Date / Time: Sunday, 19 November, 9 – 1pm
Bookings: Essential via kazmorton.com.au
Location: The Nook Gallery, 18 Progress St Mornington
We love a bit of Greenery in the home, so its the ultimate to make your own pot to house it in! Using a variety of techniques that include slip casting and hand coiling you will make at least two planters each. We will chat about the fundamentals of working with clay and the practical nature of designing a piece that you will use in your home.
You will be guided through each step and decorating options by Karen Morton of Kaz ceramics, This workshop is the ultimate in creating your own piece and maybe making a gift for family member or friends also.
Small groups will ensure that you learn a variety of techniques and receive the one on one attention needed from kaz. Your pieces will then be Glaze fired and you can come back on December 16thto collect them ( or postage can be arranged directly to you). The workshop will be based at The Nook Gallery in Mornington and includes all materials, firing and tuition by Kaz
We encouraged to bring items or images that inspire you or that you would like to incorporate into your final piece, don't panic!....we will send you lots of ideas to help you with this! Maybe you already have a project in mind that you would like some expert guidance through? Places are limited for this workshop and your place is guaranteed once full payment has been made. Due to the small class size we do not offer refunds for non attendance. Once booked you will receive a confirmation e-mail along with a list of ideas to help you make the most of your workshop.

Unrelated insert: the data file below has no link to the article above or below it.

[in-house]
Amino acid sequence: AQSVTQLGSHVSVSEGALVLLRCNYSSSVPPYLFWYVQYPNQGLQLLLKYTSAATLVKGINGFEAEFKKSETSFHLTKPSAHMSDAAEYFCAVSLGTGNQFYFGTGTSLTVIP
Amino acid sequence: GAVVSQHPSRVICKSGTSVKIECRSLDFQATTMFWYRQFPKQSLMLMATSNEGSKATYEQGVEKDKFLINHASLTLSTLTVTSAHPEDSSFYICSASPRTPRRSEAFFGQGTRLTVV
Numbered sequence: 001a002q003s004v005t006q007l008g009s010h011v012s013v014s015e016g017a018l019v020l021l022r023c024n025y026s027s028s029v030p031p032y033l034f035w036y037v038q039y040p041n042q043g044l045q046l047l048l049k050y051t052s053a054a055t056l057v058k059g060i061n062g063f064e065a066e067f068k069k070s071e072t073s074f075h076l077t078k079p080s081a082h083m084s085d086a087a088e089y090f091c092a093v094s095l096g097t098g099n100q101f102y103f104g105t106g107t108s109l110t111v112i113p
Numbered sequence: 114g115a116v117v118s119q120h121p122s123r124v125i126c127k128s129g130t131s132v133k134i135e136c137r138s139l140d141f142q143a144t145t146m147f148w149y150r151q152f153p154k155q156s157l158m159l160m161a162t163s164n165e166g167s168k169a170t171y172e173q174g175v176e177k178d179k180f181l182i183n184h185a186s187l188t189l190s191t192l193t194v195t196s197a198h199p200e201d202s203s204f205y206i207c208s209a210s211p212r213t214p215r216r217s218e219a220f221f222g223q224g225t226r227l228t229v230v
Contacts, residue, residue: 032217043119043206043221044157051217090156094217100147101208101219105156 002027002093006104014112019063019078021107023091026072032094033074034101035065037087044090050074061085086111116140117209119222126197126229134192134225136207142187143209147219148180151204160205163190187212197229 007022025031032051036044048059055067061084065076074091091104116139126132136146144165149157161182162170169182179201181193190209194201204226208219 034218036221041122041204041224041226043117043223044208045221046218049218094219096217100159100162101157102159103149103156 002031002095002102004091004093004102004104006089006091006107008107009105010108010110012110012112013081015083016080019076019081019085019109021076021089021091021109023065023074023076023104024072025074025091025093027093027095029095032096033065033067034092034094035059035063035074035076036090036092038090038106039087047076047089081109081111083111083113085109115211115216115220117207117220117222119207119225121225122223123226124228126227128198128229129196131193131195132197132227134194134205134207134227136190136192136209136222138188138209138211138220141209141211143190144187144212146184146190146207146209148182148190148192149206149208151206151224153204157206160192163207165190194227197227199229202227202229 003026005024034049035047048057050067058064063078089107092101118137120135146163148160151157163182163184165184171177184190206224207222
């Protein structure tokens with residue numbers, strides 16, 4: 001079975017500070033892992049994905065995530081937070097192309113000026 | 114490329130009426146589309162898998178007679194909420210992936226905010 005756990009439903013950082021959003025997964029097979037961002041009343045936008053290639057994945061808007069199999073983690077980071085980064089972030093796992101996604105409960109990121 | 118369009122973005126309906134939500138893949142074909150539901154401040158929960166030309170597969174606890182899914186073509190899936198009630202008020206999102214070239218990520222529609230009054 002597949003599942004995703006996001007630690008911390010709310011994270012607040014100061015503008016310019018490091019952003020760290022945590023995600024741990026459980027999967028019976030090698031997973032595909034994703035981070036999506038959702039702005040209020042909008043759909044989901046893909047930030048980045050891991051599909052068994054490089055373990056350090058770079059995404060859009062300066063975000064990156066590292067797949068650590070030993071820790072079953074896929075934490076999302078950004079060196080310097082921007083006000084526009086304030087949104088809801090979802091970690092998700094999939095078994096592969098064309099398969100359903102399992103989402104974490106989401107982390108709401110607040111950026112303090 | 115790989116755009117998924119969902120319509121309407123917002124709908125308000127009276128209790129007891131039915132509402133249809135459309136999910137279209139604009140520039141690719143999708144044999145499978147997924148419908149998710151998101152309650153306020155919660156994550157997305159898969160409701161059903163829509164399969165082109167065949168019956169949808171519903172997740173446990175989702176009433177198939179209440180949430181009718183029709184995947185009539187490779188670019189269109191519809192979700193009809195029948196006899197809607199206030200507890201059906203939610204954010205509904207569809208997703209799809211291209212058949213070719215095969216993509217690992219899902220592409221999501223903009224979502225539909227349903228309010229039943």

No previous experience necessary suitable for all levels.
We hope to see you soon!
Mornington Peninsula artist, Karen Morton is the maker behind ‘Kaz’. This Master of Fine Art graduate in painting and ceramics uses traditional techniques to create both functional and non-functional pieces. Inspired by the simplicity of everyday objects Karen invites us to take a closer look… Unexpected symbols, nostalgic linen and wallpaper patterns feature in her ceramics. In her work she seeks to explore and encapsulate the bewilderment of an undiscovered object or surface.
Karen likens the process of working in porcelain and resin to spending time with close friends, each material has its own personality. Porcelain is such a modest material to work with and the process is quiet organic whilst resin is more controlled. Both processes share a common thread whether opening a kiln door or de-moulding a bangle there is always that element of surprise in seeing the piece for the first time.